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Looking ahead in a new decade predictions Part 1: Winners will leverage the best technologies.

Here’s to a New Year and a happy one with a capital H. And a Capital C and S wrapped around the H. A new decade and a new rash of predictions from pundits I notice from my holiday period reading. So I thought why not join in!


Here is what I think it will look like to stay ahead of the competition, protect your customer relationships and have excellent service offerings over the next 10 years.  It is a mixture of advice and predictions.


I don’t claim much for these judgments – I’m offering them to stimulate your own thoughts about your position in a highly competitive market. You may agree or disagree with my insight – the important point is that you may take some action points for your own business and profit.


Success will entail:

  • Motivating and retaining people – nurture them give them incentive and encouragement to develop their professional life. (Hang on a minute – surely this heading was “technologies”  - I assert you cannot find a more versatile, flexible, adaptable and all-over advanced technology than the human being as you look around you.) People who are competent, empowered for success, acknowledged for their value and encouraged to improve their skills are the number one contributor to the success of your enterprise.
  • Bring to bear the right computer hardware, software and network resources. This involves:
  • Putting the heavy lifting computing power under the noses of the people actually doing the work. Remember how accelerated your efficiency seemed when you got your last new PC last year?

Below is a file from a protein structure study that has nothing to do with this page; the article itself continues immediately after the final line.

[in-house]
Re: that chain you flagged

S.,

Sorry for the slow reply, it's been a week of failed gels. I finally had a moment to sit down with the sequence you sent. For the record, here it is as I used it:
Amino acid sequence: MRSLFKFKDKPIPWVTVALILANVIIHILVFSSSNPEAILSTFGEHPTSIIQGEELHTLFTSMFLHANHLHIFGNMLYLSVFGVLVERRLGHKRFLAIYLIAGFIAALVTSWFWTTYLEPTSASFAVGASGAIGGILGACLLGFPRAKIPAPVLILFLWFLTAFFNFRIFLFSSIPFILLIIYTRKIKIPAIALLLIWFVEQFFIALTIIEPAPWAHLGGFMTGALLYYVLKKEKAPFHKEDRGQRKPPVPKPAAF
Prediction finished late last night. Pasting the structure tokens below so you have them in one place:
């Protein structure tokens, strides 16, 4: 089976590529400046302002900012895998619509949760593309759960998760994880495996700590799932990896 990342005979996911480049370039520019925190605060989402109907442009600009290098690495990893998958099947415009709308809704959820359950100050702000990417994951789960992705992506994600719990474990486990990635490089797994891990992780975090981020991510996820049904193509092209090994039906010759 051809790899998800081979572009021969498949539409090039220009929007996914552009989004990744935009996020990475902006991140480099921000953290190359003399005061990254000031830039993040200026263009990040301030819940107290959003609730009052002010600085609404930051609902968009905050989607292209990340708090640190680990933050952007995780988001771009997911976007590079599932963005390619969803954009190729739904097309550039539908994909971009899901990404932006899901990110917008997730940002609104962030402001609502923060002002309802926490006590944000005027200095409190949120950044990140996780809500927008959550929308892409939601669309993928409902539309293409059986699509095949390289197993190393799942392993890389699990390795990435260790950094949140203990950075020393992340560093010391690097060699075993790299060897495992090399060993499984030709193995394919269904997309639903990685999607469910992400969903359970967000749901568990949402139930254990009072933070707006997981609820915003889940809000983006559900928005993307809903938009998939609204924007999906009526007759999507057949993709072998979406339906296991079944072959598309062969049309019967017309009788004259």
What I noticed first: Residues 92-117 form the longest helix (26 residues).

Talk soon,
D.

• Striking the right balance of commercial-off-the shelf software and in-house solutions. Choose off-the-shelf solutions which are more flexible via configuration and extensibility layers to handle customization and localization.
  • Round off the infrastructure with the right data management and data integration. Technically the most overlooked aspect of having an efficient workflow is not to attend to the permeation of the right data to the right people at the right time.
  • The data framework – needs to serve an inherently complex business – and the subtlety of the data has been successfully modeled in relational database tables in the last couple of decades. Linking underlying data sets to CAD tools and their functionality solved lots of problems for customers – CHS being for me the first example that comes to mind. Obviously.

What does a design consist of nowadays? It is a virtualization an abstraction of some kind  – it is the data.

For a relational database to be holding the representation of the electrical interconnect design plus manufacturing BOM is a stable and well understood technology now.